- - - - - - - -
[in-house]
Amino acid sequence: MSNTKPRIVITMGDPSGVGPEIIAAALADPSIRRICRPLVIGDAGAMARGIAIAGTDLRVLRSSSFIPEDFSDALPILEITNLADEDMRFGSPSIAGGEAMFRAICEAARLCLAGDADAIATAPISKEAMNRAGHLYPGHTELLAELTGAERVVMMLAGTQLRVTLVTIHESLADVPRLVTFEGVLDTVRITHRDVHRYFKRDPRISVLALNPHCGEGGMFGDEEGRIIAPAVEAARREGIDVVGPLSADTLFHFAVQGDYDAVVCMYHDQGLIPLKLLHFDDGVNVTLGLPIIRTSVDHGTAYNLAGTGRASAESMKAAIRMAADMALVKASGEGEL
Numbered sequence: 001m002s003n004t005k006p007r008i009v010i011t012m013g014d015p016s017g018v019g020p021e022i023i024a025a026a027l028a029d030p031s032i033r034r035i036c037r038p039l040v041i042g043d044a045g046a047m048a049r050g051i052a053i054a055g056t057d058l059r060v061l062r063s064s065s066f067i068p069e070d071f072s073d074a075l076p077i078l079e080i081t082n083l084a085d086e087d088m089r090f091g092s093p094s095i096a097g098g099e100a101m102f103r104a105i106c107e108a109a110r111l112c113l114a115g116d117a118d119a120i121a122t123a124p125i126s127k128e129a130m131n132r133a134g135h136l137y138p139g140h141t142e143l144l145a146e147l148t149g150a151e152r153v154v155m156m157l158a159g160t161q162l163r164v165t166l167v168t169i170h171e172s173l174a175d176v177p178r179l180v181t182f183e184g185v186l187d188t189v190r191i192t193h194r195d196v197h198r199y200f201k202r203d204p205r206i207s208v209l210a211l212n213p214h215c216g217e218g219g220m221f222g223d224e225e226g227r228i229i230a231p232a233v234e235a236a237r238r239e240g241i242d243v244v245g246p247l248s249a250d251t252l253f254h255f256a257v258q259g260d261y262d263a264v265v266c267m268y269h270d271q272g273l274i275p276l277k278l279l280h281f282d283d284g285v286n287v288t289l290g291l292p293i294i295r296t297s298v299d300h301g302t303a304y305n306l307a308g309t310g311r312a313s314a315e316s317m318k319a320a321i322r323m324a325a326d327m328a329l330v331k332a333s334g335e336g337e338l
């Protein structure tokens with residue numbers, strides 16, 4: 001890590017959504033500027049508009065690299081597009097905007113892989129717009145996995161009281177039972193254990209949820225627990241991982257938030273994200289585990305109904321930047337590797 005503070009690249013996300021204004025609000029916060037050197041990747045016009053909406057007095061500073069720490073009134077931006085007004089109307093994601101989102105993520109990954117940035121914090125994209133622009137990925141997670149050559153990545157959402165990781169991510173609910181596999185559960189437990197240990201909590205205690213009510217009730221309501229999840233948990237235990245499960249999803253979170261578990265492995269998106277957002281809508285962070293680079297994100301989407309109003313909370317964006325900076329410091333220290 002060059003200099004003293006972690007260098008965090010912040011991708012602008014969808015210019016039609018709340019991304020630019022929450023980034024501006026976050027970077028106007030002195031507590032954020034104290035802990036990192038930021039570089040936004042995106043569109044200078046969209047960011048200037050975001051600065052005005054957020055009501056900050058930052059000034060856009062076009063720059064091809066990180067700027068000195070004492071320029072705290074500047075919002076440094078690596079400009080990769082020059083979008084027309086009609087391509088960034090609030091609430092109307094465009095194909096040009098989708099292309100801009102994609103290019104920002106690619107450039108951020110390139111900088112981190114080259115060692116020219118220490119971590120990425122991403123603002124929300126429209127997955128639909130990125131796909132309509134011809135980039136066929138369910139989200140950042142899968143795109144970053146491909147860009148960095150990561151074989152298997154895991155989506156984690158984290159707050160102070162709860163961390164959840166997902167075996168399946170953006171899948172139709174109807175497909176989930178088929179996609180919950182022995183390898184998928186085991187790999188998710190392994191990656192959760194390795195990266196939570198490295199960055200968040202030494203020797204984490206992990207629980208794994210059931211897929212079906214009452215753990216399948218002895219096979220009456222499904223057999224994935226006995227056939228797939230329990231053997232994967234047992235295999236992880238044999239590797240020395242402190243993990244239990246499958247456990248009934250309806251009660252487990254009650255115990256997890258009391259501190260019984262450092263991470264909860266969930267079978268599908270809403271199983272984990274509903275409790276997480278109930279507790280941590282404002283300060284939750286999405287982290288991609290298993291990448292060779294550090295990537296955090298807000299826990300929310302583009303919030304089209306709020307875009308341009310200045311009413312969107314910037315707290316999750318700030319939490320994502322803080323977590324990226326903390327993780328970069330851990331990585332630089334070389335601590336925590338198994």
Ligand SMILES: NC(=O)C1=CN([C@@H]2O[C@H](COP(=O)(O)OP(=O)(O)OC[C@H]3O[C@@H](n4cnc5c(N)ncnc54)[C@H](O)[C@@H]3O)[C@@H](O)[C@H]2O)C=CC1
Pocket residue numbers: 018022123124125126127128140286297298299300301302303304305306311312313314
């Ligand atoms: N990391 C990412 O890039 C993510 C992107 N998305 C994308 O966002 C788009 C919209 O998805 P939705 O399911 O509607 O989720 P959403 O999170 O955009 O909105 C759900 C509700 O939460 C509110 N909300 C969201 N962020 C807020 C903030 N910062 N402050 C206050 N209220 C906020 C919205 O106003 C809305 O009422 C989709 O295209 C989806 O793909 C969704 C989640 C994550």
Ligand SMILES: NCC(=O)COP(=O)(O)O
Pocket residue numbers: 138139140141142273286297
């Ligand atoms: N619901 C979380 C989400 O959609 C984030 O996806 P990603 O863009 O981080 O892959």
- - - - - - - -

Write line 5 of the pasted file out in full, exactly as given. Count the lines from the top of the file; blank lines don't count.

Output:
Ligand SMILES: NC(=O)C1=CN([C@@H]2O[C@H](COP(=O)(O)OP(=O)(O)OC[C@H]3O[C@@H](n4cnc5c(N)ncnc54)[C@H](O)[C@@H]3O)[C@@H](O)[C@H]2O)C=CC1